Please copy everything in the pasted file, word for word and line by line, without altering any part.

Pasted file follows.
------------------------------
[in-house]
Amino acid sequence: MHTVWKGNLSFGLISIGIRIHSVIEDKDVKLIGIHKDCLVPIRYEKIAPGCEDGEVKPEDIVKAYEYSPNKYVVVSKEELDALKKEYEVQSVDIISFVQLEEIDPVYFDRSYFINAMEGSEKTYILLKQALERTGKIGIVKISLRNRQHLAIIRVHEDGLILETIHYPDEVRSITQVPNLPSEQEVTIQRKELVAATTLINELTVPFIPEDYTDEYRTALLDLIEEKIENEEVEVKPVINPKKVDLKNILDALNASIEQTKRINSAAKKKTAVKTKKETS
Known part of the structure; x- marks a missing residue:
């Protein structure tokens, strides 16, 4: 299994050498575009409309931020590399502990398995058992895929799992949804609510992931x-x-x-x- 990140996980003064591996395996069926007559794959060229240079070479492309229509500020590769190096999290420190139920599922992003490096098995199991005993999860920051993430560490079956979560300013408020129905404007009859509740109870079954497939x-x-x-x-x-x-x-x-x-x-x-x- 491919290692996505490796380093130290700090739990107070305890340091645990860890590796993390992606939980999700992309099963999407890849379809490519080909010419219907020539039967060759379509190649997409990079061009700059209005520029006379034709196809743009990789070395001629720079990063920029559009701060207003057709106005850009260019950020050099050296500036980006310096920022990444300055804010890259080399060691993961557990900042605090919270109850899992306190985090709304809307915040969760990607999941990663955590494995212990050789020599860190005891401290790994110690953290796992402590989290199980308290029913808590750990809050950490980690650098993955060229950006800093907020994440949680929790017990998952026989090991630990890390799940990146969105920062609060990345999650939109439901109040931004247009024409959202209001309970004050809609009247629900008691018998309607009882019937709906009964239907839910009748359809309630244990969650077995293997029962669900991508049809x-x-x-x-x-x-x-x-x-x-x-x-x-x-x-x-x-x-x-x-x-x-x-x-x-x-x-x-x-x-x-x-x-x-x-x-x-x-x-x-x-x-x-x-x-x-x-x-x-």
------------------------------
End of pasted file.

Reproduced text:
[in-house]
Amino acid sequence: MHTVWKGNLSFGLISIGIRIHSVIEDKDVKLIGIHKDCLVPIRYEKIAPGCEDGEVKPEDIVKAYEYSPNKYVVVSKEELDALKKEYEVQSVDIISFVQLEEIDPVYFDRSYFINAMEGSEKTYILLKQALERTGKIGIVKISLRNRQHLAIIRVHEDGLILETIHYPDEVRSITQVPNLPSEQEVTIQRKELVAATTLINELTVPFIPEDYTDEYRTALLDLIEEKIENEEVEVKPVINPKKVDLKNILDALNASIEQTKRINSAAKKKTAVKTKKETS
Known part of the structure; x- marks a missing residue:
């Protein structure tokens, strides 16, 4: 299994050498575009409309931020590399502990398995058992895929799992949804609510992931x-x-x-x- 990140996980003064591996395996069926007559794959060229240079070479492309229509500020590769190096999290420190139920599922992003490096098995199991005993999860920051993430560490079956979560300013408020129905404007009859509740109870079954497939x-x-x-x-x-x-x-x-x-x-x-x- 491919290692996505490796380093130290700090739990107070305890340091645990860890590796993390992606939980999700992309099963999407890849379809490519080909010419219907020539039967060759379509190649997409990079061009700059209005520029006379034709196809743009990789070395001629720079990063920029559009701060207003057709106005850009260019950020050099050296500036980006310096920022990444300055804010890259080399060691993961557990900042605090919270109850899992306190985090709304809307915040969760990607999941990663955590494995212990050789020599860190005891401290790994110690953290796992402590989290199980308290029913808590750990809050950490980690650098993955060229950006800093907020994440949680929790017990998952026989090991630990890390799940990146969105920062609060990345999650939109439901109040931004247009024409959202209001309970004050809609009247629900008691018998309607009882019937709906009964239907839910009748359809309630244990969650077995293997029962669900991508049809x-x-x-x-x-x-x-x-x-x-x-x-x-x-x-x-x-x-x-x-x-x-x-x-x-x-x-x-x-x-x-x-x-x-x-x-x-x-x-x-x-x-x-x-x-x-x-x-x-």